1. This is the slowest SaaS system that I have used. Subjectively, it is far slower than Salesforce.com and far slower than the other dozen or so systems I have run.
2. The custom reporting tool isn't ready for prime time.
3. Did I mention that this is slow?
4. Custom reporting - you can't duplicate columns. It isn't intuitive (from someone who has worked in FRx, Hypeiron Essbase and other systems full time for five years).

Intacct makes me scream and run right to the nearest Microsoft Dynamics Partner.

Full disclosure: I have no relationship wiht Intacct except as a user, and no relationship with any Microsoft Dynamics ecosystem member except as an ex user)

Thursday, April 23, 2009

In the movie "Monsters Vs. Aliens", there is a scene mocking bad design. In the movie, two identical buttons are side by side. One launches nuclear weapons. The other makes coffee.

This is, of course, designed to mock bad design. But consider the following: In expensive, professional financial software, Hyperion Planning 9.3.1, there are two buttons side by side. One reformats the database ("Create"), deletes all scripts and load files and in general returns the application to an out-of-the-box state. The other button refreshes the data, which is a necessary function to maintain the data and is used on a daily basis. This bad design decision is rendered even worse when one considers that in addition to THIS create button, which one is never to press, there is ANOTHER 'Create' button, which one is required to press to push changes to the security provisioning system back to the Essbase server.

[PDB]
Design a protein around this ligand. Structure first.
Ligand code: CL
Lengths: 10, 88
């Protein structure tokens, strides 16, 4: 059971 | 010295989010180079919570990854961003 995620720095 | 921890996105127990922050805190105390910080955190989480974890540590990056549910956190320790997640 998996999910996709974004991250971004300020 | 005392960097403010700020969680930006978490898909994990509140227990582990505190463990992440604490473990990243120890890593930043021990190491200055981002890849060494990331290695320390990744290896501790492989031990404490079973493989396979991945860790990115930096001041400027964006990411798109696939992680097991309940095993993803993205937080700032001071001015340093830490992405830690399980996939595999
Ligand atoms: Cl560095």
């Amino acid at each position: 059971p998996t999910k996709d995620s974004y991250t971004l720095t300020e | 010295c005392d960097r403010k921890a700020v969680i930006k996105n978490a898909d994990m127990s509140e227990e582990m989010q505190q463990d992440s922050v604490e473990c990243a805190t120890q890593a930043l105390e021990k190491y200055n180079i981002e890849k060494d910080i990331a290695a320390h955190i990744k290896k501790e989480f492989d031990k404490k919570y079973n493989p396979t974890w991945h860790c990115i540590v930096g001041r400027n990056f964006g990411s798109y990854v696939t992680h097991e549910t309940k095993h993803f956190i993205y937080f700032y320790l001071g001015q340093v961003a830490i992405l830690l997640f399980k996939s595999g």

Hyperion Smartview Errors

This is the worst kind of dialog box. It tells you nothing except that the designer could not anticipate this kind of error. And it is typical of Hyperion Smartview, the buggiest enterprise software ever to exit the doorway of Oracle.

Monday, August 25, 2008

Food Updates

Middle Eastern:

  1. House of Kebabs, Sunnyvale. Excellent Kebabs for about $11

  2. Kebab and Curry, Santa Clara, Cheap excellent Pakistani food in an atmosphere that's...authentic.

  3. Chelokebabi, Sunnyvale. Excellent, expensive Persian and kebabs.

  4. Kabul, Sunnyvale. Expensive Afghan food-, good service, white tablecloths 

  5. Falafel Stop - Sunnyvale

  6. Kan Zeman, Palo Alto. Cheap middle eastern food. Decent.

  7. Shah/Shan (Sunnyvale/Mtn View border). Excellent Pakistani food in a hole in the wall. Between a strip club and a tattoo parlor. (HIGHLY RECOMMENDED)

  8. Shalimar (Sunnyvale/Mtn View border) Very good Pakistani food and slightly nicer than Shan.


  1. China Palace, Milpitas. Excellent hole in the wall. Open very late.  Try the crispy chicken, which is second only to R&G in San Francisco. On the first floor of the Ulferts Plaza Chinese mall.